Some banks customers are already using virtual assistants powered by artificial intelligence to ask questions like “What’s my account balance?” without having to look it up themselves online or on a mobile device.
While strides have been made in natural language processing and machine learning, many chatbots still must hand off to a person when the conversation gets too complicated. But some banks are looking to virtual assistants to be all-in-one bankers: equal parts teller, contact center representative, investment adviser and mortgage broker.
“What we are doing, compared to many competitors globally, is using [a virtual assistant] in a much more proactive way,” said Peter Dahlgren, CEO of Nordnet,a digital-only bank with customers in Norway, Sweden, Denmark and Finland.
This fall the bank will roll out a virtual assistant called Amelia, powered by the artificial intelligence company IPsoft. Some telecom companies are using IPsoft’s technology already to analyze emotions in customer calls.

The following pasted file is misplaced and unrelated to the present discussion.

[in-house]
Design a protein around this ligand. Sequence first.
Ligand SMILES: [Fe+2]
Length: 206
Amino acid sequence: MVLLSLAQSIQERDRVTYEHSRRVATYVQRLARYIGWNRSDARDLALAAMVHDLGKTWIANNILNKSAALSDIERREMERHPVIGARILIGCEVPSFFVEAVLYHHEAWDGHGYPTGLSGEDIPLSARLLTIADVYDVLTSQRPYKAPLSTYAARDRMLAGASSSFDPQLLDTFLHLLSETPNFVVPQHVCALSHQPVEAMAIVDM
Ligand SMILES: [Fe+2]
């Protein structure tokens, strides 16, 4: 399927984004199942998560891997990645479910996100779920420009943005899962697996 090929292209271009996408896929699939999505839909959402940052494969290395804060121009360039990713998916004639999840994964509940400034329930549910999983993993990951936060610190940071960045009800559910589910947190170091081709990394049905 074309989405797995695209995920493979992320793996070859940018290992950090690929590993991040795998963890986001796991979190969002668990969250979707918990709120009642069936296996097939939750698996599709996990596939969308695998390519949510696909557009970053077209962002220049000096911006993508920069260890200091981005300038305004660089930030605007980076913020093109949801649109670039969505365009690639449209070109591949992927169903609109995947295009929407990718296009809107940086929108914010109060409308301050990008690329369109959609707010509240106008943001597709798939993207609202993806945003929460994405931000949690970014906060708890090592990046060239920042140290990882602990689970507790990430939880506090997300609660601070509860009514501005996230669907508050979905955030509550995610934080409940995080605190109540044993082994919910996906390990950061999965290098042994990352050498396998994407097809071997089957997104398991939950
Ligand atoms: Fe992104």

Nordnet, based in Stockholm, was founded in 1996 partly as a reaction to the outdated legacy structures in banking, Dahlgren said. He said Amelia is a natural extension of that mission in an industry that is becoming more automated.
“We will use her to make the onboarding process easier — she can guide you through it in three minutes,” he said. “There will be less dropouts from the process because customers who may get stuck won’t have to stop” and call someone.
But Nordnet has even bigger plans for Amelia, Dahlgren said.